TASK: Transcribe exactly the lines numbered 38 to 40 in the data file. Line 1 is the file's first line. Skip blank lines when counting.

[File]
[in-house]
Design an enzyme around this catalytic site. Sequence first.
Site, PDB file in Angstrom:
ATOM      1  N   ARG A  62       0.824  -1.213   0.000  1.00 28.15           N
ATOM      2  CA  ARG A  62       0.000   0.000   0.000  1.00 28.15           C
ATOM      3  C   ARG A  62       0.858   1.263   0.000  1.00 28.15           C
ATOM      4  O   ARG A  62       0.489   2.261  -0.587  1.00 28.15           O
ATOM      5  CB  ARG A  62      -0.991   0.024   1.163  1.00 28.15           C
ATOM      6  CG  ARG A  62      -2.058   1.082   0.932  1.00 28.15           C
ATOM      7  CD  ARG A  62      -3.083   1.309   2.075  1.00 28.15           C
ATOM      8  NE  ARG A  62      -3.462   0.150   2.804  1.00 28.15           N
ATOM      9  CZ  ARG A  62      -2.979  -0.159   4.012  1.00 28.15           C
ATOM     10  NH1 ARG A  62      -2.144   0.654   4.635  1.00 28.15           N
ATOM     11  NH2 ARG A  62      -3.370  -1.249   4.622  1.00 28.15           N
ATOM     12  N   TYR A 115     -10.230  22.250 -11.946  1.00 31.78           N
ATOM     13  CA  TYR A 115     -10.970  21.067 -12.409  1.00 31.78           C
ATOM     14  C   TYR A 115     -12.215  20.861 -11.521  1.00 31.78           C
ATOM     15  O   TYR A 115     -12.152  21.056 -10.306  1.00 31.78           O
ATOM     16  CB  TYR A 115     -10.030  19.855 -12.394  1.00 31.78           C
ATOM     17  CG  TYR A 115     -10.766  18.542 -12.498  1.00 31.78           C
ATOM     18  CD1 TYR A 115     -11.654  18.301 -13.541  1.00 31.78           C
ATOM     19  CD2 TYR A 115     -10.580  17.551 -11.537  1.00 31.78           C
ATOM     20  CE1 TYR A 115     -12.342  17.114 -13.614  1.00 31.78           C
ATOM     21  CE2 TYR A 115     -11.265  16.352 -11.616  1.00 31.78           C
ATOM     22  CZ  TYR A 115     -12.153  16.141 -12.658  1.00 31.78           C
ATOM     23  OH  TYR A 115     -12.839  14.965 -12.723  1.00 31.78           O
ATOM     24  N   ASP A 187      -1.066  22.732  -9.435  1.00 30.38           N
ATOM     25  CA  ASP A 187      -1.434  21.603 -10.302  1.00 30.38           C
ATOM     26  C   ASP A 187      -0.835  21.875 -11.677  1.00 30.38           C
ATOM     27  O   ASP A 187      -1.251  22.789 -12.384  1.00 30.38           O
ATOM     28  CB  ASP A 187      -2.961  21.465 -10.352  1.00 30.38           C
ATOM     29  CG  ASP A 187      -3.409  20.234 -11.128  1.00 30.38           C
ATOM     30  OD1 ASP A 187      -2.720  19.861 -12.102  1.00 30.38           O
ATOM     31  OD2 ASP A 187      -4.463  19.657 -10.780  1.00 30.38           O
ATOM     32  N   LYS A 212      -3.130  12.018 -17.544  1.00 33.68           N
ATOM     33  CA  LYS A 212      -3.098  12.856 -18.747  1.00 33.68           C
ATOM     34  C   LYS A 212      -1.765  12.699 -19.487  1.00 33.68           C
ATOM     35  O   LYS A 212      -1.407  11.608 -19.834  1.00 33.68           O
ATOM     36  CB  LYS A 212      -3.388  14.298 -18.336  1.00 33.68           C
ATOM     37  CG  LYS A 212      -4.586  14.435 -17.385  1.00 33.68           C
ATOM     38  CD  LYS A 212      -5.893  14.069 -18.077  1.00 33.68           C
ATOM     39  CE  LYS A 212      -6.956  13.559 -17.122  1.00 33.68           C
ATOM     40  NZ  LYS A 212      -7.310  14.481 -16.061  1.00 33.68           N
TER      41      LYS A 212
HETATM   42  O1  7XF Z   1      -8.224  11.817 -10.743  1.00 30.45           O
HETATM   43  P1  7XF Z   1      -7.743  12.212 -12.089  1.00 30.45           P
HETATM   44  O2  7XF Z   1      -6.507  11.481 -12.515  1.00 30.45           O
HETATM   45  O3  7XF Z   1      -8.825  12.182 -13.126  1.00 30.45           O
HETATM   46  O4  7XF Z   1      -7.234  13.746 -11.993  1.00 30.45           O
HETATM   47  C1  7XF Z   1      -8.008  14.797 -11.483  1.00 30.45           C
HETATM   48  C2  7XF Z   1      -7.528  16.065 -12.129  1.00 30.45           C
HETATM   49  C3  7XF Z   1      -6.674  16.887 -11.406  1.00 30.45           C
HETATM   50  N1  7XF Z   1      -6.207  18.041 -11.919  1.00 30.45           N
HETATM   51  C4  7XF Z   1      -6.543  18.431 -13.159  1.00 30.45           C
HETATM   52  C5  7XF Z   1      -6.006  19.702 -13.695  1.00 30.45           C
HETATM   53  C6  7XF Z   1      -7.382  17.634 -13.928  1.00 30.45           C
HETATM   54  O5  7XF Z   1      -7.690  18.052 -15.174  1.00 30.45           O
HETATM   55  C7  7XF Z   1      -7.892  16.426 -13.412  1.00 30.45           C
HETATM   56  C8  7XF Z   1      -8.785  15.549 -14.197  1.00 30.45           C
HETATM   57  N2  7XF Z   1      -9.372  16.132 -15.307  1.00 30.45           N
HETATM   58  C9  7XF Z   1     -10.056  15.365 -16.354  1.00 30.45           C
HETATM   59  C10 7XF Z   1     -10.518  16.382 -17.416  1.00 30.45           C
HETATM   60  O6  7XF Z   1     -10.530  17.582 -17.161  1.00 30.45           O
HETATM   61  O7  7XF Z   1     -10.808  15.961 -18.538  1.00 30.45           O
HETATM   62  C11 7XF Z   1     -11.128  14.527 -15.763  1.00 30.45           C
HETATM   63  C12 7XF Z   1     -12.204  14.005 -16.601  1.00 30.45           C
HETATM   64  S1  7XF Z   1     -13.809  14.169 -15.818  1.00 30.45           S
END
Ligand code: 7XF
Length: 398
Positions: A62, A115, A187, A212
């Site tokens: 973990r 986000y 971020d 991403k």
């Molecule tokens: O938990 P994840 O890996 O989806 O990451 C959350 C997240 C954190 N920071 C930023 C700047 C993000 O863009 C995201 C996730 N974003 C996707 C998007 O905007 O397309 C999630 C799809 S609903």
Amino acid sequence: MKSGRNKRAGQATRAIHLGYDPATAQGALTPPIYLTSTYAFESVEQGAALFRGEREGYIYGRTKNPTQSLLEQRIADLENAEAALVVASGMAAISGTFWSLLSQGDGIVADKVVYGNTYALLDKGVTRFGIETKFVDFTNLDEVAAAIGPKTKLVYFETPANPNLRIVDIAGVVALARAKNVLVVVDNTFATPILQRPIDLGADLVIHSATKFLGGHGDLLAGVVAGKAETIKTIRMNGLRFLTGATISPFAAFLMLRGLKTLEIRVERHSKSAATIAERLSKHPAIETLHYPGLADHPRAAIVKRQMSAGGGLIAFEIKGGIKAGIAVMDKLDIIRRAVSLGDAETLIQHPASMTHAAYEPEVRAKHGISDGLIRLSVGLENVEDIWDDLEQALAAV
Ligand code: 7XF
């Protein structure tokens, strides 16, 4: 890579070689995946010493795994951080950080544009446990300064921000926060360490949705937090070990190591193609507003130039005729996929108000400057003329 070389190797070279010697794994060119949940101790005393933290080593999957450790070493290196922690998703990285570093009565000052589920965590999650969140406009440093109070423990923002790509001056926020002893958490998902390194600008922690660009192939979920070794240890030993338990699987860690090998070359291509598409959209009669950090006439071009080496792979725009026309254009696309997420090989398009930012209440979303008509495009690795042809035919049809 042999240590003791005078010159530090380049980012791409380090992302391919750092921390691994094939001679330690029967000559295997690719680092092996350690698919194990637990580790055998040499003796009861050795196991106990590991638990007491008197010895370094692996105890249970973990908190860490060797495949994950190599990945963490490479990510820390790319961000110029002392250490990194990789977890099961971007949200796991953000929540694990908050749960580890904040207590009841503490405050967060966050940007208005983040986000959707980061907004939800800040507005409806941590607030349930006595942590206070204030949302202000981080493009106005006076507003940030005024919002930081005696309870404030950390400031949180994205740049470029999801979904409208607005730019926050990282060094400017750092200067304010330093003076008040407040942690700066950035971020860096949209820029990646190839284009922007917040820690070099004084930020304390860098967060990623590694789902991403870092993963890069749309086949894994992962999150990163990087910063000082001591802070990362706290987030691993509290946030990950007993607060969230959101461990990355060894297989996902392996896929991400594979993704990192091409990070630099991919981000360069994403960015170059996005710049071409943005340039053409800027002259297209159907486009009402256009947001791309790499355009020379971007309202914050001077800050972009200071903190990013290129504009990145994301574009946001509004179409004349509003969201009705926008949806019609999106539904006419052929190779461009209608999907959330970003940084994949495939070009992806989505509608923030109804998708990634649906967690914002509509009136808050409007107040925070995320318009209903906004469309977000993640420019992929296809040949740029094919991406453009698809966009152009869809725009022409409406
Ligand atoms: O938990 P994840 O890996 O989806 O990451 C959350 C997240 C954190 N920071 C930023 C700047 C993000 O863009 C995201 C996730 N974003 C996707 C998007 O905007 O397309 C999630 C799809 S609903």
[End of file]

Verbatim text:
ATOM     35  O   LYS A 212      -1.407  11.608 -19.834  1.00 33.68           O
ATOM     36  CB  LYS A 212      -3.388  14.298 -18.336  1.00 33.68           C
ATOM     37  CG  LYS A 212      -4.586  14.435 -17.385  1.00 33.68           C